Re: Is the Daily Show real journalism?
- From: boots <no@xxxxx>
- Date: Wed, 07 Feb 2007 03:46:29 -0700
Towse <self@xxxxxxxxx> wrote:
On Feb 6, 11:34 am, Towse <s...@xxxxxxxxx> wrote:
Today the Chronicle profiles Venise Wagner, an assistant professor and
associate chair of the journalism department at SFSU, who teaches a
demanding public journalism class. She teaches other classes as well,
but the focus of the article is on the public journalism/community
End of the article, this:
"Every semester, in my Mass Media class, we get into an argument about
whether 'The Daily Show' is real journalism. The students insist that
it's journalism. I argue that it's satire. They don't do their own
reporting -- it's entertainment wrapped around news.
"I tell my students, "You may be learning something and you may be
having fun while you're learning it, but you're not getting news.'"
And there she lost me. The Daily Show may not be real journalism, but
Your first mistake was reading the Chronicle <g>
Hometown paper, you know. Plus we get our Paul Madonna fix on Sundays.
City Lights is publishing a book of his next month. I need to make sure
I gets me one.
the viewers =are= getting news,
Best news on television.
If your news source aggregates the news it presents from other sources,
does that make it any less a source of news?
A lot of what you read in many newspapers comes directly from the
wire. At least with the Daily Show there's value added to the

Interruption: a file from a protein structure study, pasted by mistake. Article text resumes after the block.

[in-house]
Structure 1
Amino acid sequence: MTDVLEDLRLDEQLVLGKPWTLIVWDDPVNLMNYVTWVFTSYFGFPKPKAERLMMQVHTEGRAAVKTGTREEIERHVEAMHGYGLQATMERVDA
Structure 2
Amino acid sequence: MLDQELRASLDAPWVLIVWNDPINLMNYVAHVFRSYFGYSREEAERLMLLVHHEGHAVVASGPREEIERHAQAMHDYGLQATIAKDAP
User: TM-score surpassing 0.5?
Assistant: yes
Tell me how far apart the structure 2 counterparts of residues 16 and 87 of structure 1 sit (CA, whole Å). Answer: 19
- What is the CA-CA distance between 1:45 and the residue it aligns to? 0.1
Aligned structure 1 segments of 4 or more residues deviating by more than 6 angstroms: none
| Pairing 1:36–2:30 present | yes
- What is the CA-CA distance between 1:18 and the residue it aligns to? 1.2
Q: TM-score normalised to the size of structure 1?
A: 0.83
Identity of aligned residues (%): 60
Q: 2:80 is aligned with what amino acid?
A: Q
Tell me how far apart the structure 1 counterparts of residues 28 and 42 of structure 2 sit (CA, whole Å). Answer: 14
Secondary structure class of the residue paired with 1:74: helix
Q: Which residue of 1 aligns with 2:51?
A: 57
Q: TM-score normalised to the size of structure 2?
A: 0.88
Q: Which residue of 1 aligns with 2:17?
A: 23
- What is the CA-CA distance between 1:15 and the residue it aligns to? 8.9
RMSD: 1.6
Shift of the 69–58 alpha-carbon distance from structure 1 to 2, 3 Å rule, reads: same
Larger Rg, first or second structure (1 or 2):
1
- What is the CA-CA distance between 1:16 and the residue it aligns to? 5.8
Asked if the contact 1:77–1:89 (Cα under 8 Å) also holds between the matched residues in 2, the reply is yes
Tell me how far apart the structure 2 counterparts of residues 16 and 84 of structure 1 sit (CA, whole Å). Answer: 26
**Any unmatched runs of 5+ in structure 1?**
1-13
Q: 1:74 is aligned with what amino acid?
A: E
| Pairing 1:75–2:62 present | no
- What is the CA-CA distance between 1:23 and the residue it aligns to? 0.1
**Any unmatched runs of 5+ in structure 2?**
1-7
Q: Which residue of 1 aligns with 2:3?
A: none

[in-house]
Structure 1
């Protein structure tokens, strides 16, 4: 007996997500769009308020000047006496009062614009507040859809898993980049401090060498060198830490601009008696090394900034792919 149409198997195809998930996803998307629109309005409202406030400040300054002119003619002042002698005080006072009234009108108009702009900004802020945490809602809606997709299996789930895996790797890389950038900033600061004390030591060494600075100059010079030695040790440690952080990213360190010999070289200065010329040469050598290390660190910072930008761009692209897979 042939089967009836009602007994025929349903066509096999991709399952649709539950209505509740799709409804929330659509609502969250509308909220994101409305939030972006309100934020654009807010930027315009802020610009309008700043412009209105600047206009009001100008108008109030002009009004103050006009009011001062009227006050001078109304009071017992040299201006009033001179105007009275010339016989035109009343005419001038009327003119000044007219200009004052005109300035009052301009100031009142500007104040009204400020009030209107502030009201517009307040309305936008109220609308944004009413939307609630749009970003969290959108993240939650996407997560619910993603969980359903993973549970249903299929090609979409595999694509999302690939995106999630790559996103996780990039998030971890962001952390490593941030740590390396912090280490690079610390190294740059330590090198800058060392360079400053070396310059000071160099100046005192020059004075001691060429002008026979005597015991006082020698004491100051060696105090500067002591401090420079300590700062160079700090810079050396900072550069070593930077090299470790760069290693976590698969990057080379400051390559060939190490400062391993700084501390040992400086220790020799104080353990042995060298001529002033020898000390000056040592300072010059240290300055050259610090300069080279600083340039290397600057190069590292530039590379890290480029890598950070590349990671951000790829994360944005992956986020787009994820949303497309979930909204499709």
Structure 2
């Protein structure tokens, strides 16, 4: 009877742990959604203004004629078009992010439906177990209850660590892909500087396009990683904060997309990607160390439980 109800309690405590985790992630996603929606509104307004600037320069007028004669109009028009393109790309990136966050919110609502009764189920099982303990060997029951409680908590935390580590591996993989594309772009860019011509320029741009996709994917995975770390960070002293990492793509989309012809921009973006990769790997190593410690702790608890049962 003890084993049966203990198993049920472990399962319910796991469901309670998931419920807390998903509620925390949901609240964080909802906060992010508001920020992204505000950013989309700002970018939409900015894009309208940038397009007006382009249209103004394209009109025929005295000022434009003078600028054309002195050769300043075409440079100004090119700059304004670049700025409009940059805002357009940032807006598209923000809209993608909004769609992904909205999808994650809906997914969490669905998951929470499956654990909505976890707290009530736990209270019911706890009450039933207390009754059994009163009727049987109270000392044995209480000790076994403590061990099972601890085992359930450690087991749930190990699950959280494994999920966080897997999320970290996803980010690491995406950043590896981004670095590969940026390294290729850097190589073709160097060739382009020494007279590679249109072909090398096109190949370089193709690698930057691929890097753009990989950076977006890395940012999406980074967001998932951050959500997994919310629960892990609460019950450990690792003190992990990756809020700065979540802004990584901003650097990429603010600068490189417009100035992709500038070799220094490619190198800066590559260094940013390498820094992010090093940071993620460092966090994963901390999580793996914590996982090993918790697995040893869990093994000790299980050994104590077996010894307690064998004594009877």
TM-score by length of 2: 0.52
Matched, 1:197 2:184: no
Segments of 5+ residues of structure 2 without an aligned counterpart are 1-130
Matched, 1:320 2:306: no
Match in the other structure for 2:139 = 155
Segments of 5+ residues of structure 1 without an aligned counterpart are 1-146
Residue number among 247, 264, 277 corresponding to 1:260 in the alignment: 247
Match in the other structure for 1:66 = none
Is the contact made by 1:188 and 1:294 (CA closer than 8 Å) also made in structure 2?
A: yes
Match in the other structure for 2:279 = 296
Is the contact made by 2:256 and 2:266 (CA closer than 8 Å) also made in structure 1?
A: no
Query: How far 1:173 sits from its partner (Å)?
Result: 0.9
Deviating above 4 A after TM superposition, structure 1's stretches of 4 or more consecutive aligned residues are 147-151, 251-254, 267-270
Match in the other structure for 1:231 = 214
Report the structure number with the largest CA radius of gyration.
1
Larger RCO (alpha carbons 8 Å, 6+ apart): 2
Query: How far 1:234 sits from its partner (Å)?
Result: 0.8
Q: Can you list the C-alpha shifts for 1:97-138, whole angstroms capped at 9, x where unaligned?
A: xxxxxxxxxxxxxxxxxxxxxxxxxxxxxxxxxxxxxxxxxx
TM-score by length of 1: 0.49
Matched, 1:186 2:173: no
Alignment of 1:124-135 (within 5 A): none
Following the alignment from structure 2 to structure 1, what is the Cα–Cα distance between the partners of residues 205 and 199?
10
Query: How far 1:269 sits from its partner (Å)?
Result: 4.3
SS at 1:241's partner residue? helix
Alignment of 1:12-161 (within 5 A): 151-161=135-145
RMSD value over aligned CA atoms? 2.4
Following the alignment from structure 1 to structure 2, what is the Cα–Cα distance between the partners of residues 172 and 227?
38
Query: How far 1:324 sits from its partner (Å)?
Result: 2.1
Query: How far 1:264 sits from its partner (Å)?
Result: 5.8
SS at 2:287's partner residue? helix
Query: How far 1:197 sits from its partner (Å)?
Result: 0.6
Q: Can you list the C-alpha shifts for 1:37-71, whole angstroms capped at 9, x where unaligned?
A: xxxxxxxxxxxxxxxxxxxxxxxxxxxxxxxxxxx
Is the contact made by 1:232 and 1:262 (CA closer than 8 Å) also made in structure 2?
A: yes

aggregation. Insight into the political process, that sort of thing.
The KCBS morning news crew always sounded like it was just sitting
around reading the articles in the morning's Merc and giving a précis
for the morning news.
Day came, when I'd lost my naivety and was writing for print and knew
that the radio show morning team wasn't repurposing bits from the Merc:
they were pulling stories off the wire, as was the Merc. Just happened
to be the same stories, in many cases.
Interesting to see how different editors handle the =exact= same content.
Now, with Google News, you can see 15-20 newspaper articles that all
evolved from the same wire story. Which ones used the wire story as is?
Which ones edited? How much did they edit?
For the generation that's graduating college these days, Jon Stewart
=is= their TV news source. They read papers, sometimes. They read online
mostly. Jon Stewart is an easy way to get the top stories in an
entertaining way. But how many of them sit down to the equivalent of
"Good night, Chet."
"Good night, David. And good night for NBC News."
... and is there an equivalent of Huntley Brinkley these days?
Is the "Itchy And Scratchy Show" still playing?
Subtlety written subtly can be subtly edited away.